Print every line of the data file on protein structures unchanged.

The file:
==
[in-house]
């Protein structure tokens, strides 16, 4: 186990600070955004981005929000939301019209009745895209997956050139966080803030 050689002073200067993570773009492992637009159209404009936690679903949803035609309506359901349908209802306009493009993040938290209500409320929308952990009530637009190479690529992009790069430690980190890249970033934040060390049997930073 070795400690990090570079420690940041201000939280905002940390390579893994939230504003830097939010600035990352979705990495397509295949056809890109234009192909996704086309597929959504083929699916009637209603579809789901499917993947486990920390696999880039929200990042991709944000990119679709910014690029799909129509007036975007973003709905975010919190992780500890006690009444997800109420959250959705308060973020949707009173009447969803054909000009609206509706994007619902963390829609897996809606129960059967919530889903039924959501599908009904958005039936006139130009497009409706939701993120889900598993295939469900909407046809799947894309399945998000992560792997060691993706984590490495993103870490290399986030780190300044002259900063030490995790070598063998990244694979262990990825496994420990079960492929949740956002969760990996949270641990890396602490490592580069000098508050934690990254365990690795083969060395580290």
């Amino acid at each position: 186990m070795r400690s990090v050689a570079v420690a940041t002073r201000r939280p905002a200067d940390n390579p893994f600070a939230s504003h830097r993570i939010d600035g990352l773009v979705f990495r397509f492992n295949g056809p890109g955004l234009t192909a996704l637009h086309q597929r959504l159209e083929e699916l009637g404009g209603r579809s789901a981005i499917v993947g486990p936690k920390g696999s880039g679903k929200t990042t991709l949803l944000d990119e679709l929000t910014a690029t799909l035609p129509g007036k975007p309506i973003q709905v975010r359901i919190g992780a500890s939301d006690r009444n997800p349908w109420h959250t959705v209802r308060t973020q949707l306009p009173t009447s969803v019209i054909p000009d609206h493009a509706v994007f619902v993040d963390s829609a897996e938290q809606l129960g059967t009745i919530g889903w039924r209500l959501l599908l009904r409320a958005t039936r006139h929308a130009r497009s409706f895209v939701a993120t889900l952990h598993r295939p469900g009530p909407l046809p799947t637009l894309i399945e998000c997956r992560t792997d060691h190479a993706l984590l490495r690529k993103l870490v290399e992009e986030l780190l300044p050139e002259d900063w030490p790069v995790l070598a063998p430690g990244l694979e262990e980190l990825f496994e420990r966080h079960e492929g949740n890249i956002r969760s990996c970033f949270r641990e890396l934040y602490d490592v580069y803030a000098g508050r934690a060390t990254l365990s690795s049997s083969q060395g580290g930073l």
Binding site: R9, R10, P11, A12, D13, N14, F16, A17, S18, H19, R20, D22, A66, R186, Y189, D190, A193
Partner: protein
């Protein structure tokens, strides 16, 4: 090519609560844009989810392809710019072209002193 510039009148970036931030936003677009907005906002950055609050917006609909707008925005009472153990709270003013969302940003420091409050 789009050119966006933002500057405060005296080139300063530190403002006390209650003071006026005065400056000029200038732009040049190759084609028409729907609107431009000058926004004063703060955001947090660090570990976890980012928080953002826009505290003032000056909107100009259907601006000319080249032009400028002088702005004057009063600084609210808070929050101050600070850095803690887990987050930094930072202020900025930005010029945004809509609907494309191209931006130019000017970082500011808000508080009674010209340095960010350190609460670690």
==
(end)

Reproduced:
[in-house]
């Protein structure tokens, strides 16, 4: 186990600070955004981005929000939301019209009745895209997956050139966080803030 050689002073200067993570773009492992637009159209404009936690679903949803035609309506359901349908209802306009493009993040938290209500409320929308952990009530637009190479690529992009790069430690980190890249970033934040060390049997930073 070795400690990090570079420690940041201000939280905002940390390579893994939230504003830097939010600035990352979705990495397509295949056809890109234009192909996704086309597929959504083929699916009637209603579809789901499917993947486990920390696999880039929200990042991709944000990119679709910014690029799909129509007036975007973003709905975010919190992780500890006690009444997800109420959250959705308060973020949707009173009447969803054909000009609206509706994007619902963390829609897996809606129960059967919530889903039924959501599908009904958005039936006139130009497009409706939701993120889900598993295939469900909407046809799947894309399945998000992560792997060691993706984590490495993103870490290399986030780190300044002259900063030490995790070598063998990244694979262990990825496994420990079960492929949740956002969760990996949270641990890396602490490592580069000098508050934690990254365990690795083969060395580290």
């Amino acid at each position: 186990m070795r400690s990090v050689a570079v420690a940041t002073r201000r939280p905002a200067d940390n390579p893994f600070a939230s504003h830097r993570i939010d600035g990352l773009v979705f990495r397509f492992n295949g056809p890109g955004l234009t192909a996704l637009h086309q597929r959504l159209e083929e699916l009637g404009g209603r579809s789901a981005i499917v993947g486990p936690k920390g696999s880039g679903k929200t990042t991709l949803l944000d990119e679709l929000t910014a690029t799909l035609p129509g007036k975007p309506i973003q709905v975010r359901i919190g992780a500890s939301d006690r009444n997800p349908w109420h959250t959705v209802r308060t973020q949707l306009p009173t009447s969803v019209i054909p000009d609206h493009a509706v994007f619902v993040d963390s829609a897996e938290q809606l129960g059967t009745i919530g889903w039924r209500l959501l599908l009904r409320a958005t039936r006139h929308a130009r497009s409706f895209v939701a993120t889900l952990h598993r295939p469900g009530p909407l046809p799947t637009l894309i399945e998000c997956r992560t792997d060691h190479a993706l984590l490495r690529k993103l870490v290399e992009e986030l780190l300044p050139e002259d900063w030490p790069v995790l070598a063998p430690g990244l694979e262990e980190l990825f496994e420990r966080h079960e492929g949740n890249i956002r969760s990996c970033f949270r641990e890396l934040y602490d490592v580069y803030a000098g508050r934690a060390t990254l365990s690795s049997s083969q060395g580290g930073l």
Binding site: R9, R10, P11, A12, D13, N14, F16, A17, S18, H19, R20, D22, A66, R186, Y189, D190, A193
Partner: protein
């Protein structure tokens, strides 16, 4: 090519609560844009989810392809710019072209002193 510039009148970036931030936003677009907005906002950055609050917006609909707008925005009472153990709270003013969302940003420091409050 789009050119966006933002500057405060005296080139300063530190403002006390209650003071006026005065400056000029200038732009040049190759084609028409729907609107431009000058926004004063703060955001947090660090570990976890980012928080953002826009505290003032000056909107100009259907601006000319080249032009400028002088702005004057009063600084609210808070929050101050600070850095803690887990987050930094930072202020900025930005010029945004809509609907494309191209931006130019000017970082500011808000508080009674010209340095960010350190609460670690």